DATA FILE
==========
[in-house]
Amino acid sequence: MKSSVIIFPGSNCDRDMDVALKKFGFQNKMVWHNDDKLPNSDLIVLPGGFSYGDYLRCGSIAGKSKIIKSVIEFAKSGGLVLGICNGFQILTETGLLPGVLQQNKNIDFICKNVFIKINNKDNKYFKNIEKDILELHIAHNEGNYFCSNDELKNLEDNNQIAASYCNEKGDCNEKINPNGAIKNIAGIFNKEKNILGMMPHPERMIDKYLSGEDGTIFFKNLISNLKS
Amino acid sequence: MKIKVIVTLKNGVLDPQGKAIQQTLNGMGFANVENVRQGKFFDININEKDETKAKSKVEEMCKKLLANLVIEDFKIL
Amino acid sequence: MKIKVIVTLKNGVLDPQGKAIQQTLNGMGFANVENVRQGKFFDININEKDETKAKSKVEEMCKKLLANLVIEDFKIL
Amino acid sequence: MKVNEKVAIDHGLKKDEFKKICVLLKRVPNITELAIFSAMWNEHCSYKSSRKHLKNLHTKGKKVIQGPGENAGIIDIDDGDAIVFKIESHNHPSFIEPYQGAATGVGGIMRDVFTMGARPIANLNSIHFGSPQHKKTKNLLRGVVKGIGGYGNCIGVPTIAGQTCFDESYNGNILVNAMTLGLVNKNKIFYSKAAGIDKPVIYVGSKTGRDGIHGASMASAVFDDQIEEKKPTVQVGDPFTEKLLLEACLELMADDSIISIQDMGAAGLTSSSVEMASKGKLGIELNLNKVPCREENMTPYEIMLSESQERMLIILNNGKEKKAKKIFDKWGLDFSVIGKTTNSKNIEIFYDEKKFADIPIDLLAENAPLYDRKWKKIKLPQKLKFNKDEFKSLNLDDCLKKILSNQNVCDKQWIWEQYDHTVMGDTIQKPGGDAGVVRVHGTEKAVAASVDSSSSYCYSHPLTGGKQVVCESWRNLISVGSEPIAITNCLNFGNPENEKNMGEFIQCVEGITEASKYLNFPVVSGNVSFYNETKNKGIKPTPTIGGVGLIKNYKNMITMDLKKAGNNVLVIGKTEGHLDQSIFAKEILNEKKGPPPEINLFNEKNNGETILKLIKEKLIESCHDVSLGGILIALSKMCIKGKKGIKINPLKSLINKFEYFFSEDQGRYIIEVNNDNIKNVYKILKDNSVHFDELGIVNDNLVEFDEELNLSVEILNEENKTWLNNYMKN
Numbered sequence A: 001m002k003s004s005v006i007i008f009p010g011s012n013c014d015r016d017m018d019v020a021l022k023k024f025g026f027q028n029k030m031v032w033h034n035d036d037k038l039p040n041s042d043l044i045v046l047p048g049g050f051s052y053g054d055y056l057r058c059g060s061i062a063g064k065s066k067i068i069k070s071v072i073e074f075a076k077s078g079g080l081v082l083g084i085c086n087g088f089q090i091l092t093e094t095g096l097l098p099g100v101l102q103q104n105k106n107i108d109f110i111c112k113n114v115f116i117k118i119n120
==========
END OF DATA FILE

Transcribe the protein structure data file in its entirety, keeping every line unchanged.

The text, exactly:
[in-house]
Amino acid sequence: MKSSVIIFPGSNCDRDMDVALKKFGFQNKMVWHNDDKLPNSDLIVLPGGFSYGDYLRCGSIAGKSKIIKSVIEFAKSGGLVLGICNGFQILTETGLLPGVLQQNKNIDFICKNVFIKINNKDNKYFKNIEKDILELHIAHNEGNYFCSNDELKNLEDNNQIAASYCNEKGDCNEKINPNGAIKNIAGIFNKEKNILGMMPHPERMIDKYLSGEDGTIFFKNLISNLKS
Amino acid sequence: MKIKVIVTLKNGVLDPQGKAIQQTLNGMGFANVENVRQGKFFDININEKDETKAKSKVEEMCKKLLANLVIEDFKIL
Amino acid sequence: MKIKVIVTLKNGVLDPQGKAIQQTLNGMGFANVENVRQGKFFDININEKDETKAKSKVEEMCKKLLANLVIEDFKIL
Amino acid sequence: MKVNEKVAIDHGLKKDEFKKICVLLKRVPNITELAIFSAMWNEHCSYKSSRKHLKNLHTKGKKVIQGPGENAGIIDIDDGDAIVFKIESHNHPSFIEPYQGAATGVGGIMRDVFTMGARPIANLNSIHFGSPQHKKTKNLLRGVVKGIGGYGNCIGVPTIAGQTCFDESYNGNILVNAMTLGLVNKNKIFYSKAAGIDKPVIYVGSKTGRDGIHGASMASAVFDDQIEEKKPTVQVGDPFTEKLLLEACLELMADDSIISIQDMGAAGLTSSSVEMASKGKLGIELNLNKVPCREENMTPYEIMLSESQERMLIILNNGKEKKAKKIFDKWGLDFSVIGKTTNSKNIEIFYDEKKFADIPIDLLAENAPLYDRKWKKIKLPQKLKFNKDEFKSLNLDDCLKKILSNQNVCDKQWIWEQYDHTVMGDTIQKPGGDAGVVRVHGTEKAVAASVDSSSSYCYSHPLTGGKQVVCESWRNLISVGSEPIAITNCLNFGNPENEKNMGEFIQCVEGITEASKYLNFPVVSGNVSFYNETKNKGIKPTPTIGGVGLIKNYKNMITMDLKKAGNNVLVIGKTEGHLDQSIFAKEILNEKKGPPPEINLFNEKNNGETILKLIKEKLIESCHDVSLGGILIALSKMCIKGKKGIKINPLKSLINKFEYFFSEDQGRYIIEVNNDNIKNVYKILKDNSVHFDELGIVNDNLVEFDEELNLSVEILNEENKTWLNNYMKN
Numbered sequence A: 001m002k003s004s005v006i007i008f009p010g011s012n013c014d015r016d017m018d019v020a021l022k023k024f025g026f027q028n029k030m031v032w033h034n035d036d037k038l039p040n041s042d043l044i045v046l047p048g049g050f051s052y053g054d055y056l057r058c059g060s061i062a063g064k065s066k067i068i069k070s071v072i073e074f075a076k077s078g079g080l081v082l083g084i085c086n087g088f089q090i091l092t093e094t095g096l097l098p099g100v101l102q103q104n105k106n107i108d109f110i111c112k113n114v115f116i117k118i119n120